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Edinburgh Fringe 2012

Boom Jennies: Mischief

The Boom Jenies

Genre: Comedy




Low Down

A couple of dirty words for you, the type that you never mention in polite company, and certainly not in comedy circles, for fear of being cast aside as something dull and grey. The words are ‘likeable’ and ‘nice’. We try to avoid them as descriptive terms, since they suggest boring and not sexy. Blowing those conceptions out of the water are the Boom Jennies, who are likeable, nice, – and very, very funny.  In fact, you’ll have a tough time finding a hit rate of more laughs per minute in a show this month. 


While the material is great, it’s sheer force of personality that will win you over – they’ve got great chemistry with each other, and the crowd, and it’s likely that each audience will go away thinking they’ve found their new best friends. It’s true that they bribe us with sweets beforehand, but the entire hour feels like it’s jacked up on high grade Haribo.

It would be misleading to state that there’s a great deal of physical comedy, but they all use physicality very well: a sketch featuring yummy mummies on the school run elicits honks of delighted recognition without so much as a costume change. Or, indeed, a single word spoken. There’s a plethora of great sketches, from the vaguely topical (addressing the issue that ‘that’ book that we’ve all seen, because it’s been read on surprisingly few kindles this year) to a very good joke involving passive-aggressive flatmates.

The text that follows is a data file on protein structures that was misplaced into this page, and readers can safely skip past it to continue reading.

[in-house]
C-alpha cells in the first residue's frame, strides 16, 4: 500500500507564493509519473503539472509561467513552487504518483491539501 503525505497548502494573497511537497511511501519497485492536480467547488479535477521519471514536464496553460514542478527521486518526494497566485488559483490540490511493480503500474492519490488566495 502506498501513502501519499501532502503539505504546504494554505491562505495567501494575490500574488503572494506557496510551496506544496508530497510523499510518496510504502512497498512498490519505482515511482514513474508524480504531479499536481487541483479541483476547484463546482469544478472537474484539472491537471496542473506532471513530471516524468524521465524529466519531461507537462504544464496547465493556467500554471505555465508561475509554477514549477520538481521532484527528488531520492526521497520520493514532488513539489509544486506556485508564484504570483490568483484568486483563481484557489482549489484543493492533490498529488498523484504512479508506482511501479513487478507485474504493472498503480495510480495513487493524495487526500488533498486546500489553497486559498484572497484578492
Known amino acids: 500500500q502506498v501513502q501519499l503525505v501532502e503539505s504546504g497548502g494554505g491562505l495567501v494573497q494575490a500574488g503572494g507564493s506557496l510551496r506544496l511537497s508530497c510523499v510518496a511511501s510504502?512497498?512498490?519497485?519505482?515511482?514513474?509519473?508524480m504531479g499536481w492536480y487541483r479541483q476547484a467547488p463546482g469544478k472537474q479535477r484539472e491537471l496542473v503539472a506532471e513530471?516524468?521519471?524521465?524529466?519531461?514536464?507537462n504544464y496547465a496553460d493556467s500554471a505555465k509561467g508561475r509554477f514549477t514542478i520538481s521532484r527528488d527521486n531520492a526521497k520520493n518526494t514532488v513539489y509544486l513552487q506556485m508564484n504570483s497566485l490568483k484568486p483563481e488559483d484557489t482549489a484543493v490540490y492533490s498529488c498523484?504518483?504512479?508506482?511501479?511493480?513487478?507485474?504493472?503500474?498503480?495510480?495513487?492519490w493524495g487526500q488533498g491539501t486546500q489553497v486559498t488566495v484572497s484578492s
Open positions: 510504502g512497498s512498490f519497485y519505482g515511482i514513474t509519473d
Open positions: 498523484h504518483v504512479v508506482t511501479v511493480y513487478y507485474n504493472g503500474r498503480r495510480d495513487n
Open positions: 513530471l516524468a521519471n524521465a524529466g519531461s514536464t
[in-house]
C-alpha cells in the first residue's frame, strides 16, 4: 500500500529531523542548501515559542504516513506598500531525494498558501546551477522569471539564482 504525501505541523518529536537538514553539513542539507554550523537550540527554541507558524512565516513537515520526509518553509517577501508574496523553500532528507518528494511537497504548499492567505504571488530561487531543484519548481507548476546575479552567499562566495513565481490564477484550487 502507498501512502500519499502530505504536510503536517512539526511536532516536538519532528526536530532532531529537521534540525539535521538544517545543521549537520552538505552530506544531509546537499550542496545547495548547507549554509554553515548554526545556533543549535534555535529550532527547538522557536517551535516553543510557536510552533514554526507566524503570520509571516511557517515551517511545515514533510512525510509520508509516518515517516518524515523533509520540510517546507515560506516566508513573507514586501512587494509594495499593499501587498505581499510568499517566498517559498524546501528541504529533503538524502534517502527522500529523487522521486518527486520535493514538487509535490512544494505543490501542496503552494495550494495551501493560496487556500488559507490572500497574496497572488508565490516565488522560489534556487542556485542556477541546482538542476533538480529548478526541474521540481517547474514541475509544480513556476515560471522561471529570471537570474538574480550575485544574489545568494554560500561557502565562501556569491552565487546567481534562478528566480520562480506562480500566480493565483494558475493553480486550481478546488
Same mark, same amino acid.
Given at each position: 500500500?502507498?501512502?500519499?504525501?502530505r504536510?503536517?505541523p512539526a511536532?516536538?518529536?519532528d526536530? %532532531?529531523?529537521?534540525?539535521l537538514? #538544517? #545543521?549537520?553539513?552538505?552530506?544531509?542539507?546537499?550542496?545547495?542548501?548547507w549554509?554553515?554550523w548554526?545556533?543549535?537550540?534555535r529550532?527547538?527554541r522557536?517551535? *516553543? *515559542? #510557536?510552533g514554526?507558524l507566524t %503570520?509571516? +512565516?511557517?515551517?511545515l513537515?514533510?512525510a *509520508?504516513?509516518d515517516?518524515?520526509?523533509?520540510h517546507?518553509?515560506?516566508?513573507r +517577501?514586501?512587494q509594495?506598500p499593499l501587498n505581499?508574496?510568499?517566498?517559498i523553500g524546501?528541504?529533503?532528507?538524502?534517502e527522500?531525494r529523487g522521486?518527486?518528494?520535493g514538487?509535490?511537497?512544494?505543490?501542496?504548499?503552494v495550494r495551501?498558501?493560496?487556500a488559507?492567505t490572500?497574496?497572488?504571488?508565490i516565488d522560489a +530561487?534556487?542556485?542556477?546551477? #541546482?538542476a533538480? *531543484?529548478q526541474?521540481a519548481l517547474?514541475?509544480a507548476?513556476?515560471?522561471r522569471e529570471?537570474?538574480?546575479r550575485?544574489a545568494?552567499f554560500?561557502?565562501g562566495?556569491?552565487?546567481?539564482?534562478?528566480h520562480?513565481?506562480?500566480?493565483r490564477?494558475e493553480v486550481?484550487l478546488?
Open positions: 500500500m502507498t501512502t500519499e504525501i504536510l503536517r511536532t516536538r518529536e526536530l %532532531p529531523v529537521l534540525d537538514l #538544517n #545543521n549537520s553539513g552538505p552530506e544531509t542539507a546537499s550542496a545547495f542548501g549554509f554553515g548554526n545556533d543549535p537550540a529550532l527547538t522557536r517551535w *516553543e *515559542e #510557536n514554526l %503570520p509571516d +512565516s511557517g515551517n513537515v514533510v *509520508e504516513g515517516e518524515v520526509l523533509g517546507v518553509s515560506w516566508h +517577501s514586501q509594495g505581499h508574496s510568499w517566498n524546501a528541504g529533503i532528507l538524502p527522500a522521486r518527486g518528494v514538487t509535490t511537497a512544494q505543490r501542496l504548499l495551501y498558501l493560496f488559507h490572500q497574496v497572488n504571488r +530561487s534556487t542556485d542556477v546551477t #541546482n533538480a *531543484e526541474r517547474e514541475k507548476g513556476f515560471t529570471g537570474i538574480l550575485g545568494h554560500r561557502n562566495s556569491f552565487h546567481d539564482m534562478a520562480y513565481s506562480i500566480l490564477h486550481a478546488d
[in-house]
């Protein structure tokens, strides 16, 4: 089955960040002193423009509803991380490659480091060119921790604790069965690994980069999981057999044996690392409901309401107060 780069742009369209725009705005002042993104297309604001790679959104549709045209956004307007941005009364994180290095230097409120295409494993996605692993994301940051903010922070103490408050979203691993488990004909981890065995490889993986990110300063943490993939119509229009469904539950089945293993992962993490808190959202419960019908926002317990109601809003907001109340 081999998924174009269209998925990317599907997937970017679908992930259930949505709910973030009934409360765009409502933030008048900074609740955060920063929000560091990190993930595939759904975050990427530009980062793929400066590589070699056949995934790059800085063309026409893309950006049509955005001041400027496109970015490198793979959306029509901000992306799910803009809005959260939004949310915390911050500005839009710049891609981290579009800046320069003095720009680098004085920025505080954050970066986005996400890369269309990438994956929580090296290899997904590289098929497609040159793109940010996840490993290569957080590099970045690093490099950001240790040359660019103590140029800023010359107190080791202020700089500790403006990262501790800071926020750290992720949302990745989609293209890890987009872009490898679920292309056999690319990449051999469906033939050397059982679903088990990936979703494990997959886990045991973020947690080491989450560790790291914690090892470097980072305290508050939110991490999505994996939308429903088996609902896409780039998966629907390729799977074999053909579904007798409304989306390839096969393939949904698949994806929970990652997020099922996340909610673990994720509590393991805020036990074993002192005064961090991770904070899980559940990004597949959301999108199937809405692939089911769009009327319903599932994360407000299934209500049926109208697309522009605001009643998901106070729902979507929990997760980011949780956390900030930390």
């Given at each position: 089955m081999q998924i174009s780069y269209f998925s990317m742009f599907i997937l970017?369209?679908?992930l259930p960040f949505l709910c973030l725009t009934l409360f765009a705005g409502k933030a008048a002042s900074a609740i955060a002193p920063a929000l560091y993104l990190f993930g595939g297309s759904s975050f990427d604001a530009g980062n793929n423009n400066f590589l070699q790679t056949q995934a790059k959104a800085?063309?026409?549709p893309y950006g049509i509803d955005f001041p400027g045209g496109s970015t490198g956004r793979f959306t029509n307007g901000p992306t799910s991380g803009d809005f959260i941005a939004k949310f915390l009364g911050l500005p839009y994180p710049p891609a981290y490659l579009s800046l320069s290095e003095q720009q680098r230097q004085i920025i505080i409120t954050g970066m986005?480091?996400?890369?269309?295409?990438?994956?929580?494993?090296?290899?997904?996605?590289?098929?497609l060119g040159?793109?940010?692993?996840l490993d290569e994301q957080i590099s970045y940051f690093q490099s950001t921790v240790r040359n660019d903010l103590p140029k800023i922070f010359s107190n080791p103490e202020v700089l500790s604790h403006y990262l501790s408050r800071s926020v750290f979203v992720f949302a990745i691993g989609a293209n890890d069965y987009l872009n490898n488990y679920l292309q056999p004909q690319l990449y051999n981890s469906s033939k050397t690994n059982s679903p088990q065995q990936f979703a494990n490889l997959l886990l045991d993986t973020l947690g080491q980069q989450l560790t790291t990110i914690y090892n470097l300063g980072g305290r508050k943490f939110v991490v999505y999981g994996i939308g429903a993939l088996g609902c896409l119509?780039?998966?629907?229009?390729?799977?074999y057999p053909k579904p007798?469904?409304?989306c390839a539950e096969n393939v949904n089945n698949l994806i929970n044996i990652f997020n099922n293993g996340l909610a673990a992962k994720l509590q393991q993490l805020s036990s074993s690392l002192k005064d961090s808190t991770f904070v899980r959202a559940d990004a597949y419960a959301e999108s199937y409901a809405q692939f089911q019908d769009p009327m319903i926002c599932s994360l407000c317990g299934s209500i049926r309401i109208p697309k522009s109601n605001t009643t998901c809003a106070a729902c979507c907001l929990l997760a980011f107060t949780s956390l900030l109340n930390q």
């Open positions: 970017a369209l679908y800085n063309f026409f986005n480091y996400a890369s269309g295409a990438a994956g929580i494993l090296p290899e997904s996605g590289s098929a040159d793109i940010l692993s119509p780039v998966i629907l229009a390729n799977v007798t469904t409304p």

There’s a whisper of some familiar sketches for returning audiences, but most of this show is brand new, beam-making stuff, all delivered by great onstage personalities – all very likeable and engaging, and it’s tempting to think of them as extensions of the girls themselves. While different, all of them give a wide-eyed, open mouthed breathlessness of being young women slightly out of their depth and not quite cool enough to hang with the rest of the crowd – although, nominally, Catriona Knox gives the impression of being marginally more arch and Head Girl, while both the others – Lizzie Bates and Anna Emerson – deliver the naughty glee of those finally allowed to stay up smoking and swearing with the big girls.
It’s a rare and precious group that mix smart and silly, but the BJs deliver in spades. ‘Mischief’ is an excellent name for this cute and infectious show. It’s possible that you might try not liking the Jennies. But frankly, we don’t see why you’d rob yourself of such joy. It’s a foregone conclusion that a sketch group should make you laugh – thanks to the Jennies, you’re sent out genuinely happy.